|An art performance honouring filial piety and Buddhist philosophy will take place at the Hanoi Opera House on August 16.
The event will celebrate the Vu Lan Festival, a Buddhist event that emerged long ago in Vietnam. Every year, the festival takes place on the 15th day of the seventh lunar month. This year, it falls on August 15.
With the theme Tu An (Four Types of Gratitude), the programme calls for people to pay gratitude to the country, the Buddha, their parents and people. According to Buddhist philosophy, each person should remember these four types of gratitude to live as a good person and spread good things in life.
The concert will gather leading artists of the northern region who are professionals in various musical genres such as Tan Nhan, Tuan Anh, Thu Hang, Bich Hong, Nguyen Quang Long and Dinh Cuong.
Tan Nhan will perform songs about motherhood and Tuan Anh will pay respect to the country. Quang Long and Xam Ha Thanh Group will perform traditional “xam” (blind buskers’ singing) music and cheo (traditional operetta). Dinh Cuong will present instrumental music.
The concert will open with a performance by monks and all the artists. They will cite the Great Compassion Mantra, one of the most popular and significant in Buddhism, to honour the religion and its humane philosophy.
Singer Tan Nhan, head of the organising board, revealed that Venerable Thich Minh Hien, a member of the Vietnam Buddhist Sangha’s Central Committee, will supervise the show’s content.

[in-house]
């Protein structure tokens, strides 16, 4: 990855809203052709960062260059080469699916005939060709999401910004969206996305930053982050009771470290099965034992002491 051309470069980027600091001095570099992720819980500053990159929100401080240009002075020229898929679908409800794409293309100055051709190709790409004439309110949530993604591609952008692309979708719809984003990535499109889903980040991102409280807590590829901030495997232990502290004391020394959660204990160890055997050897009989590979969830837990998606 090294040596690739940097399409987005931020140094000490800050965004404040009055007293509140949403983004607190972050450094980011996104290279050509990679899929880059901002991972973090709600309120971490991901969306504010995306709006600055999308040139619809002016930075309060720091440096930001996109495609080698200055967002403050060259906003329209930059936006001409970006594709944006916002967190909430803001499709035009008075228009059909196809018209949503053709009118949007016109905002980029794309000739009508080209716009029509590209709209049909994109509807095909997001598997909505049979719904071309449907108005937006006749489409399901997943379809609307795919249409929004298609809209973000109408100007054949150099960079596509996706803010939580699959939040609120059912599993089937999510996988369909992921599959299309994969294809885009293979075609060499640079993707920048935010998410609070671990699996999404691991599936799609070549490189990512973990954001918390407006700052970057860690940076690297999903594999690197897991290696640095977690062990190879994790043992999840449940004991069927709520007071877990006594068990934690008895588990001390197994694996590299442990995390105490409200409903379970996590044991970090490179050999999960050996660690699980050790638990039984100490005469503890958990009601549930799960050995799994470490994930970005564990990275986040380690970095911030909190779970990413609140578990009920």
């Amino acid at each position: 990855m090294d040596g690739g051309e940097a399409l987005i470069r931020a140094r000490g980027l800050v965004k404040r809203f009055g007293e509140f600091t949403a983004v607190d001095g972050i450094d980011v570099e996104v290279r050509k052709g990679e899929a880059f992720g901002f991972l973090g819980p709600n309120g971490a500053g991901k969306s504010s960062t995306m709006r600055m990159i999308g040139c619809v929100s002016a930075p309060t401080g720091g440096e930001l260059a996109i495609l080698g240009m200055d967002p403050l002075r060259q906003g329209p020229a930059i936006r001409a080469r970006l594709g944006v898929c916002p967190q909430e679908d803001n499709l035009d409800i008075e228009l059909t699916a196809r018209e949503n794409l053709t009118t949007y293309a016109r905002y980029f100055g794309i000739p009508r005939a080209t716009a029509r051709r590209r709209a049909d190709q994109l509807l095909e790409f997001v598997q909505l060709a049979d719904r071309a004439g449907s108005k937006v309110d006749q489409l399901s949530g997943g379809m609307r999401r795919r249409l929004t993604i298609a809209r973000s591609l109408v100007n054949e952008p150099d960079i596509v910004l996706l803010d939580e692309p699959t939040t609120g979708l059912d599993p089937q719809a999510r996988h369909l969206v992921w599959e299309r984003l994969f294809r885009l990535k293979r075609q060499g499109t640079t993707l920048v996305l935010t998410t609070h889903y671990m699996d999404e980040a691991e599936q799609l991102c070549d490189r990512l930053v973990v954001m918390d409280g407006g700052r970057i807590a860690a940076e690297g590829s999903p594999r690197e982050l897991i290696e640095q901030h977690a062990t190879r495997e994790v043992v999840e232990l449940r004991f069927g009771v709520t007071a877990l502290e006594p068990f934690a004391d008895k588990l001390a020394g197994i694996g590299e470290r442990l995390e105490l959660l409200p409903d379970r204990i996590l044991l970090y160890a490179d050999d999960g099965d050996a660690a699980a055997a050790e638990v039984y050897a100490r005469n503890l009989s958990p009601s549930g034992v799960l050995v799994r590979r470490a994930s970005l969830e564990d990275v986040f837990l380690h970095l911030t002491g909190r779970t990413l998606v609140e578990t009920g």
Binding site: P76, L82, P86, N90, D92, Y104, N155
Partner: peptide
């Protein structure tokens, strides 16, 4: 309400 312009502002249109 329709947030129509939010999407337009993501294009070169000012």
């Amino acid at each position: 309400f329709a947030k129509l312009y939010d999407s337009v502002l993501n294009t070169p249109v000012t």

“This is a special concert with both a solemn atmosphere and practical philosophy that calls people to do good things in life,” said Nhan. “It can be said that the concert is the combination of elements relating to religion and life.”
Singer Ngoc Cham will serve as the producer of the concert, which is directed by Pham Hoang Giang. It will also include dancers, a choir and a symphony orchestra.
It is the belief of many Vietnamese people, as well as people around the world who share the same customs, that on the 15th day of the seventh lunar month, the gates of hell open and the souls of the dead can come back to their home. It’s an occasion for families to spend time together and express gratitude to their ancestors and parents. People also go to pagodas to pray for peace for dead people.
Hien said he appreciated the initiative and efforts of the artists to organise the concert. He said he expected the performance to help bring Buddhist ideology closer to the people and spread the values of the religion through the language of art.
Artists participating in the concert will receive no pay. All of the proceeds from selling tickets will go to charity.